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    Liquidate your property. If you're in debt and facing bankruptcy, you may need to sell your property. If you file for Chapter 7 bankruptcy, you won't have to set up a repayment plan. Instead, your property will be taken over by a court-appointed trustee, who will then sell or liquidate any or all of your possessions and use the proceeds to settle your debt.[14] If you're planning to file for Chapter 7 bankruptcy, you can avoid the stress of watching all of your possessions get sold by deciding what to sell on your own.[15]
    • Try selling antiques, valuables, and anything you can part with through Craigslist, eBay, or a local public auction.
    • If you have an outstanding auto loan, your car may be repossessed and auctioned or sold, leaving you careless and in debt for the towing and storage costs. If this is a risk, you may be better off selling your car and using the money to pay off your auto loan debt.[16]
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    Consider borrowing money from family/friends. This is a tricky subject, as many people in debt may be fearful of asking friends or loved ones for money. If you have a friend, parent, or close relative who has a lot of money, though, they may be able to help you get by until you sort things out with your creditors/lenders.[17]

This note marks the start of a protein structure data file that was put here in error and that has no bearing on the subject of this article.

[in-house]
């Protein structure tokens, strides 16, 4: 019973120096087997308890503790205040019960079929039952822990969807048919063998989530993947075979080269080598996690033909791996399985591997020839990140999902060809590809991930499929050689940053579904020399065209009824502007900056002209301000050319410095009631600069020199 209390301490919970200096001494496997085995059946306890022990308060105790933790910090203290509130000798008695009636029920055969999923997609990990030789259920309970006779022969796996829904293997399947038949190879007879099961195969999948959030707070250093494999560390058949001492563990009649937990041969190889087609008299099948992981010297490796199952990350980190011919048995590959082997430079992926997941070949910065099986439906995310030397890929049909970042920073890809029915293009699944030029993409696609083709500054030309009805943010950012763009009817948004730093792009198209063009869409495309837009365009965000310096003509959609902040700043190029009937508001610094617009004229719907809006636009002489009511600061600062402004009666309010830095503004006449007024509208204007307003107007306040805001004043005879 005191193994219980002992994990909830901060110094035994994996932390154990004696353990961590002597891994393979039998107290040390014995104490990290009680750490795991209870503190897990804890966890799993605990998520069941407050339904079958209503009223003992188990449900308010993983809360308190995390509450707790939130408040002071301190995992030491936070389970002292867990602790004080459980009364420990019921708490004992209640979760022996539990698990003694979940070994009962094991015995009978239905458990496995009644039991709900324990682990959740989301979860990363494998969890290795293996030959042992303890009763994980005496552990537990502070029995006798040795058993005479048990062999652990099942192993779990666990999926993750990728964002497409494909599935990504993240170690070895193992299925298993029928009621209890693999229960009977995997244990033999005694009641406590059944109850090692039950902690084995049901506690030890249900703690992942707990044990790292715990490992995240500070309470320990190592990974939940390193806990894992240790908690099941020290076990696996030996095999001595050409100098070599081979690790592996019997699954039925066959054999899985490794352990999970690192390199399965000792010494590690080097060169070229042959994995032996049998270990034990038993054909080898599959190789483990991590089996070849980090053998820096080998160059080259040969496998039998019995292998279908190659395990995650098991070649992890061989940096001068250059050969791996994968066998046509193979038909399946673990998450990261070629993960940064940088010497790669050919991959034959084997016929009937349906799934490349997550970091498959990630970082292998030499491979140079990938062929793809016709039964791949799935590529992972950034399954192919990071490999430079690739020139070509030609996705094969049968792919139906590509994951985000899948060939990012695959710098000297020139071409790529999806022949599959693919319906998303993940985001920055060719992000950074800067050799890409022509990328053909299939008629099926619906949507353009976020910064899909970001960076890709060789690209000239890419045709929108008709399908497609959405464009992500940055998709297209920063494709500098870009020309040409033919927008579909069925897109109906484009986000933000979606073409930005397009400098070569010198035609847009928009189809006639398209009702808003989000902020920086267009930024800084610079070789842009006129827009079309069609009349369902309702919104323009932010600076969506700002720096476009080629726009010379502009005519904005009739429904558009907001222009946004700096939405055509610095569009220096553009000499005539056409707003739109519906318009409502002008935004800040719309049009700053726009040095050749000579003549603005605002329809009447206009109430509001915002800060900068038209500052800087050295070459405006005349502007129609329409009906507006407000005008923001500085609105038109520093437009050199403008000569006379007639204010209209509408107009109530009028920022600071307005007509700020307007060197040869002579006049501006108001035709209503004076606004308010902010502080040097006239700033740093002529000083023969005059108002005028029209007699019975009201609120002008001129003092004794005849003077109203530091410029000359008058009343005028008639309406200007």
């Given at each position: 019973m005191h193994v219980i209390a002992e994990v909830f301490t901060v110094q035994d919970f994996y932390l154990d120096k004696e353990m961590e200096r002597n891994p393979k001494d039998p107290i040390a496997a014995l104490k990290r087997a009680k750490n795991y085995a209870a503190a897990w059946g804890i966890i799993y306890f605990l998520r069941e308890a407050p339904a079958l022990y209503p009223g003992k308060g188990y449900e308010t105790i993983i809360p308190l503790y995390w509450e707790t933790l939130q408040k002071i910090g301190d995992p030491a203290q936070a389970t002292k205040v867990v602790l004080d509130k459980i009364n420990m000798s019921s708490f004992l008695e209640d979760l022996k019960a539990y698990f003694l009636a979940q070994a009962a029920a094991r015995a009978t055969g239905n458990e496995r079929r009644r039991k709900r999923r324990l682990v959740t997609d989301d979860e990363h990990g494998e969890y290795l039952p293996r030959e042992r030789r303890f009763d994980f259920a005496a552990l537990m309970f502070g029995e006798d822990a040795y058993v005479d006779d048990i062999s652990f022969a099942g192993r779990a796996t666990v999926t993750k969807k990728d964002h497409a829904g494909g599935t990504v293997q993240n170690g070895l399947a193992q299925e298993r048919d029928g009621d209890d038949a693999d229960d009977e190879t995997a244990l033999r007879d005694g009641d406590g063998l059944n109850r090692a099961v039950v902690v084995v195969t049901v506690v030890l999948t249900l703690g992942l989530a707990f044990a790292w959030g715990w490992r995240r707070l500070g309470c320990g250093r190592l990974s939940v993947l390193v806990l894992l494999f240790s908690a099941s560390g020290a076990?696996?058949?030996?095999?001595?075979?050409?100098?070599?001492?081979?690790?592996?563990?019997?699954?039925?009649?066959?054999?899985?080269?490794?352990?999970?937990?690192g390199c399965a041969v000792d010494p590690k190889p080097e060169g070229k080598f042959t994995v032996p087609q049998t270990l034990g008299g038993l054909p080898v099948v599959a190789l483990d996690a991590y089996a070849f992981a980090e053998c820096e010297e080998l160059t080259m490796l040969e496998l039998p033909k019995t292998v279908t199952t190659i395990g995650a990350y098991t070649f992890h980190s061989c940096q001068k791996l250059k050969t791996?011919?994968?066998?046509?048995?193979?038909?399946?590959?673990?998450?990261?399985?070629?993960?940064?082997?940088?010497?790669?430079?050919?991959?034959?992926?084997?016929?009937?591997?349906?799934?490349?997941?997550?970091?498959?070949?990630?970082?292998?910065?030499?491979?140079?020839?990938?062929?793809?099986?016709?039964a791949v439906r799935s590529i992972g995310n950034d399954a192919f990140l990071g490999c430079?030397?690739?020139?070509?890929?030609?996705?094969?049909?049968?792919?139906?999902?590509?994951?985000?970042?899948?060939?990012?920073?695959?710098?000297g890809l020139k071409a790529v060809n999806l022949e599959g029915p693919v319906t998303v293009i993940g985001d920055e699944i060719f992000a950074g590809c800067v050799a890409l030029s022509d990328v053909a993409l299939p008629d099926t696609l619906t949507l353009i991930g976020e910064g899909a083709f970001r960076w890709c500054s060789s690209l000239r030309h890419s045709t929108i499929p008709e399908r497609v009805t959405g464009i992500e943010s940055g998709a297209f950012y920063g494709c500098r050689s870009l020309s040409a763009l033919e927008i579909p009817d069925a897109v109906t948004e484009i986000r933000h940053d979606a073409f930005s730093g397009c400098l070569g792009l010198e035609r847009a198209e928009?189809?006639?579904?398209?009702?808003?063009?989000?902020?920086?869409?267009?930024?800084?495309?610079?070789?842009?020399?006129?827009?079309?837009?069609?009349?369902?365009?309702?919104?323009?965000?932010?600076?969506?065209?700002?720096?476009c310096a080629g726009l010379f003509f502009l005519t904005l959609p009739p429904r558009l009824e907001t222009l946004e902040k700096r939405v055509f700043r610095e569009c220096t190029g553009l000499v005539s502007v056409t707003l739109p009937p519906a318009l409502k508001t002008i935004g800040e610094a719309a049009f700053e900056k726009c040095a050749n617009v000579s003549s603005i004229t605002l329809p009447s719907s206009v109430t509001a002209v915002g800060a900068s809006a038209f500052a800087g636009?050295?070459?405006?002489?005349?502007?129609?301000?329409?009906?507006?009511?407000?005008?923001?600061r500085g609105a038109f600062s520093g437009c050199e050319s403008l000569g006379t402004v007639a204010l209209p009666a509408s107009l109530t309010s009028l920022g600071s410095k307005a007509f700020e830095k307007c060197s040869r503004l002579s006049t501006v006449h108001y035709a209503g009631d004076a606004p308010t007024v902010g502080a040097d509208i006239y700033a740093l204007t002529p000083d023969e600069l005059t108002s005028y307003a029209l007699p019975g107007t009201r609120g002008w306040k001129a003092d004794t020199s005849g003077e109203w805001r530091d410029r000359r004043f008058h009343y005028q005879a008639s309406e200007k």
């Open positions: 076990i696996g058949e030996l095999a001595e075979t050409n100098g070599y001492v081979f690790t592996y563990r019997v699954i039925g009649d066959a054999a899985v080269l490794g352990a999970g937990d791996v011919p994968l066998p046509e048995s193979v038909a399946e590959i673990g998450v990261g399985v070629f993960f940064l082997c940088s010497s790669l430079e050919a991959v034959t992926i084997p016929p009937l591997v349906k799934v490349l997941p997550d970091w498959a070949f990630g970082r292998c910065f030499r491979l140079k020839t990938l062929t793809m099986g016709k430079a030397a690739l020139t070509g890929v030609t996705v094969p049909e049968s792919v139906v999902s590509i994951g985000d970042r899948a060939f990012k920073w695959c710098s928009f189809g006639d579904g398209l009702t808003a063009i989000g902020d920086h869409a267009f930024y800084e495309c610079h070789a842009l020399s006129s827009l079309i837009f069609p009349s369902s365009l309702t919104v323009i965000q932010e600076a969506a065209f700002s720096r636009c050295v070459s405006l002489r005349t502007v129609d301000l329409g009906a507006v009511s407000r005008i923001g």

• If you do decide to borrow money from a friend or relative, make a repayment plan up front and follow through on your promise to repay the money you borrow. The last thing you want is for bad blood to develop over unpaid loans.
    • Make a budget so you don't misuse the money that's loaned to you, and if you plan on filing for bankruptcy make sure you set aside enough money to pay for any legal fees and court filing costs you may need to pay.

Part 3
Preparing for Bankruptcy

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    Assess the situation. If your debt is significant, you may be considering filing for bankruptcy. For some people, this is certainly the best choice. However, you should exhaust all other alternatives before attempting to file for bankruptcy.[18]
    • Filing for bankruptcy can have serious, long-term repercussions. Your credit score will be affected, and you may have a hard time opening a bank account or taking out a loan.
    • Talk to a credit counselor before making the decision to file for bankruptcy. They may be able to help you manage your debt and avoid having to declare bankruptcy.